Ships are responsible for ninety per cent of the worldwide transport of goods.
Playing such an important role in world trade and economy, the shipping industry needs to be able to predict how it will be affected by evolutions in the climate and to adapt accordingly.
This is where data from the Copernicus Climate Change Service (C3S), implemented by the European Centre for Medium-Range Weather Forecasts (ECMWF), come in.
Global climate datasets relevant to the shipping industry are being bundled into a Global Shipping Service to aid decision-making and support medium- and long-term planning.
The shipping industry is influenced both positively and negatively by climate change.
Increases in tropical storms and ocean temperatures can pose problems for ships, but rising sea levels allow larger ships to enter harbours that were previously too shallow, and melting ice makes it much easier for ships to traverse the Arctic.
The Northwest and Northeast Arctic Passages.
The opening of the Northeast passage is interesting for Europe.
Credit: Susie Harder, Arctic Council
Credit: Susie Harder, Arctic Council
When the Arctic passage is open, the time required to travel between parts of Europe and Asia is significantly reduced, decreasing the fuel usage and associated emissions.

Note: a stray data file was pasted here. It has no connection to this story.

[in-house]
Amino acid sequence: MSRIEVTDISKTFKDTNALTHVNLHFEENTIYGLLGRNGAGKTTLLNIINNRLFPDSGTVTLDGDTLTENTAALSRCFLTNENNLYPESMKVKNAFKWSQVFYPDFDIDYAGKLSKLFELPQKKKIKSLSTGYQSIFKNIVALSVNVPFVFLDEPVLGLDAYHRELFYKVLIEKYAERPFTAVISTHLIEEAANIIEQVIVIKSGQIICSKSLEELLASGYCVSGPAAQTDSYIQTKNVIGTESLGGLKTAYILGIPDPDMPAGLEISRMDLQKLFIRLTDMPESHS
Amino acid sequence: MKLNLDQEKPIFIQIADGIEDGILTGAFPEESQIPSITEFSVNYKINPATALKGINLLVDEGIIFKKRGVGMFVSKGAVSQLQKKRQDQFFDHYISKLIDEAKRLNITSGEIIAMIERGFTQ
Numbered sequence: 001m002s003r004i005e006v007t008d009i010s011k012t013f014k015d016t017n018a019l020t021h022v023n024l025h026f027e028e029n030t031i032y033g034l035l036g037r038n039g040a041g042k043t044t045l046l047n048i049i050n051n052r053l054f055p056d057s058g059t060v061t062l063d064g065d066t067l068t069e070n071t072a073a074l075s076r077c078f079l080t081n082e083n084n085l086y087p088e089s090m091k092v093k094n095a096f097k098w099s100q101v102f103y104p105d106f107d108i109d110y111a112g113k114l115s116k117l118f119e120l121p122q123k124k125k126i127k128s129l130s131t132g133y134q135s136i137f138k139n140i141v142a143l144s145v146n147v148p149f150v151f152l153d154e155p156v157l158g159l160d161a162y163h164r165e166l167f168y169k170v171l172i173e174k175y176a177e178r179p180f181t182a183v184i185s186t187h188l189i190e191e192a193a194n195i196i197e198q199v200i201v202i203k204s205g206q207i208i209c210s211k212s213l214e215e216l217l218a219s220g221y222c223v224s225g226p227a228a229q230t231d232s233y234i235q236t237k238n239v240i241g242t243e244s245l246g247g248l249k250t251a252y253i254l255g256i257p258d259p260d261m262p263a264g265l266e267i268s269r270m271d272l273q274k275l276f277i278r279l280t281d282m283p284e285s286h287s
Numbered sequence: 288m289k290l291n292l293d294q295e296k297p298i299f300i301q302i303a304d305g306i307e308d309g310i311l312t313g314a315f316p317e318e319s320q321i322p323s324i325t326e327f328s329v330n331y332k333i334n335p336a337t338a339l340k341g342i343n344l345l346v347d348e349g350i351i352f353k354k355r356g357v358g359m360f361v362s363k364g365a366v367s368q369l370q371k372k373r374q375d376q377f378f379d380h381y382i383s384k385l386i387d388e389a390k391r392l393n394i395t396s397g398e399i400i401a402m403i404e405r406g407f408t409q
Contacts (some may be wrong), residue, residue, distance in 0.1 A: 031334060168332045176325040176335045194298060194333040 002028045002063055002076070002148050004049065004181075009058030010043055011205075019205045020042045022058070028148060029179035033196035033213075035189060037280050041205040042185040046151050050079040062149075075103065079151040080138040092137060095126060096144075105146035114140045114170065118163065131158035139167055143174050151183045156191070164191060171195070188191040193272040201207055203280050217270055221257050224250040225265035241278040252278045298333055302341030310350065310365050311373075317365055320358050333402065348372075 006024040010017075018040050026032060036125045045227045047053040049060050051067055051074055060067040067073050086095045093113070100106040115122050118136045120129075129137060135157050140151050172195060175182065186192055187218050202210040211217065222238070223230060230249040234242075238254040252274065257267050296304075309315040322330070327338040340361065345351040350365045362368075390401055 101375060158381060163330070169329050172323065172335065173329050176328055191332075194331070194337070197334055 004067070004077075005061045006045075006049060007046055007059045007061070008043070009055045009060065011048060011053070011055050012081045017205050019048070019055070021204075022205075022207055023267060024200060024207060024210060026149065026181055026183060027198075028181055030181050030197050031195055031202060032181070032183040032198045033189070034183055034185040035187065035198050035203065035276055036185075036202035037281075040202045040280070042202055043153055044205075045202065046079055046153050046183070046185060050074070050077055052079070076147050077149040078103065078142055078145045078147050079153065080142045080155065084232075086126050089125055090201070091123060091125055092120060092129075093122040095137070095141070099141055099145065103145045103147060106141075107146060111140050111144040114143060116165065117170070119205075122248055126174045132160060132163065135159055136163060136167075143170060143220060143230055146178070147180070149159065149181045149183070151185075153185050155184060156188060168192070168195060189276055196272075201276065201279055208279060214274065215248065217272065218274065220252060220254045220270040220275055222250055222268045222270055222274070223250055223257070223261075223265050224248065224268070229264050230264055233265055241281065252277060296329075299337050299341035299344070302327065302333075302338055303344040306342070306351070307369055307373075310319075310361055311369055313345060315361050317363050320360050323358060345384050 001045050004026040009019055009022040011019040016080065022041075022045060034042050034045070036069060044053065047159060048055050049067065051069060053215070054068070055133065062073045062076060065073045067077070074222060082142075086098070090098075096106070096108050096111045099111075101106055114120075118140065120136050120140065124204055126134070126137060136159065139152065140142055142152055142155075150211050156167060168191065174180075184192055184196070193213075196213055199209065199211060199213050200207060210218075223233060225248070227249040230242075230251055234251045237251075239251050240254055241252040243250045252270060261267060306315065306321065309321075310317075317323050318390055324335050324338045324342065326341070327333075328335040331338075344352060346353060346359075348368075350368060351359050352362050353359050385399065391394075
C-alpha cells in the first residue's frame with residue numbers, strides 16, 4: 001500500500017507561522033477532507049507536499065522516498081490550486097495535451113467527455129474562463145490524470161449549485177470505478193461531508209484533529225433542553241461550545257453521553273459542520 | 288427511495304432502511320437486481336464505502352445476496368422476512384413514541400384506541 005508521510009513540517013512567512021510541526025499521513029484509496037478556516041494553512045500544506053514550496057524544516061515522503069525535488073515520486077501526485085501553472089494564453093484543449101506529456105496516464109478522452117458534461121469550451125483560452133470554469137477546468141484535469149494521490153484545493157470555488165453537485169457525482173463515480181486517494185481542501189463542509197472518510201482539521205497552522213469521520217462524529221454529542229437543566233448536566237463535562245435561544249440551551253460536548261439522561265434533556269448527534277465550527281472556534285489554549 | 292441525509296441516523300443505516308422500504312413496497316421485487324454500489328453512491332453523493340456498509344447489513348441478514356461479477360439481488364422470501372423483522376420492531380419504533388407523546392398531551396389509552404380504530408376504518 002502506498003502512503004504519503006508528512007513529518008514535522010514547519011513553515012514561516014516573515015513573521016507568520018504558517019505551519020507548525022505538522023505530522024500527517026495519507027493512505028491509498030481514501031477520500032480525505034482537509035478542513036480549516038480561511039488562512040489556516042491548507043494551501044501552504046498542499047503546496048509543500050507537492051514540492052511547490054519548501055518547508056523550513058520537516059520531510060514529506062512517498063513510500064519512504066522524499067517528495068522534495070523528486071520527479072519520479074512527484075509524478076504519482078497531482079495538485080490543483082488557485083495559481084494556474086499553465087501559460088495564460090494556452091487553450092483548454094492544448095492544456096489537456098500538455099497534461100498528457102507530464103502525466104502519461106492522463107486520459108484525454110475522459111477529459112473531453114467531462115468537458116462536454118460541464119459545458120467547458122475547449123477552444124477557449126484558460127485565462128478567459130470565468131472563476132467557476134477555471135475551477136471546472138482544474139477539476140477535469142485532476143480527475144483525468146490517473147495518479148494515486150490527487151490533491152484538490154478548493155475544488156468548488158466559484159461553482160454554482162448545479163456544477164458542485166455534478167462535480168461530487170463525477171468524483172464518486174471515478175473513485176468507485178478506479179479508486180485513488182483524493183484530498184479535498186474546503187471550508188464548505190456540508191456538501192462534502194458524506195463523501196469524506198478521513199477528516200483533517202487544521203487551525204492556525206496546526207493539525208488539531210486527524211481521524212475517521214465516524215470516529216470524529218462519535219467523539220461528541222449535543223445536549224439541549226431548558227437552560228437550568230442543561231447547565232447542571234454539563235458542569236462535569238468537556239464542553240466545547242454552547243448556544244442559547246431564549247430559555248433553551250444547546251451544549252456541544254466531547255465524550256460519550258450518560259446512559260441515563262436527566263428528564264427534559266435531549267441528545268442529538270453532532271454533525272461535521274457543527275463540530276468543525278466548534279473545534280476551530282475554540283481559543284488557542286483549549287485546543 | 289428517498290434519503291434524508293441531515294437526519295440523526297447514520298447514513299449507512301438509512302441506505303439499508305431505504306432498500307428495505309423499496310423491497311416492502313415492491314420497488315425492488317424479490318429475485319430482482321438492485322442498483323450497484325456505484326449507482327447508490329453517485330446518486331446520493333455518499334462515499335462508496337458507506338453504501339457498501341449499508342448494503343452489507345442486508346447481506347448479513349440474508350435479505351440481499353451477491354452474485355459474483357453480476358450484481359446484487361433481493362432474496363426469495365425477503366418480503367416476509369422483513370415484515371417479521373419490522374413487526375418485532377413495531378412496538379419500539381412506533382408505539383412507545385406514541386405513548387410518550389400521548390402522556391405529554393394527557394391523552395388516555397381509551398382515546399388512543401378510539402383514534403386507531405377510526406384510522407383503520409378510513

Not only is this good for the environment, it also reduces operational costs – potentially leading to reduced prices for customers.
The industry is extremely interested in the opening of the route, although there are ethical questions surrounding sending ships to the Arctic.
Oil spillages, for example, pose huge dangers for the Arctic environment, and clearing pathways by breaking-up ice speeds up the melting process.
Overview of the arctic route availability application.
The dotted red line represents the standard north-east passage route.
The white region is the average ice coverage for the selected month and year.
The bar plot depicts the time window during which the standard north-east passage route is considered navigable.
Different shades of green correspond to different route availability thresholds, i.e. the ratio between the ice-covered distance and total navigation distance.
C3S is currently working with a variety of contractors, including Offshore Navigation, who are developing the Global Shipping Service.
“This is the first service that allows the industry to see how the climate will affect shipping routes,” explains Carlo Buontempo, who oversees the project on behalf of C3S.
“Several companies have already expressed their interest in using the service when it is up and running.”
Overview of the shaft power application.
The map shows the average wind speed and wave contours, as well as the selected shipping route.
The percentile plot shows the required shaft power along the route to maintain the selected ship type at the selected speed over ground.
The Global Shipping Service will include a variety of tools to help the industry, including:
An Arctic route model that estimates the number of days per year that a given route will be available, based on projected ice conditions in the Arctic.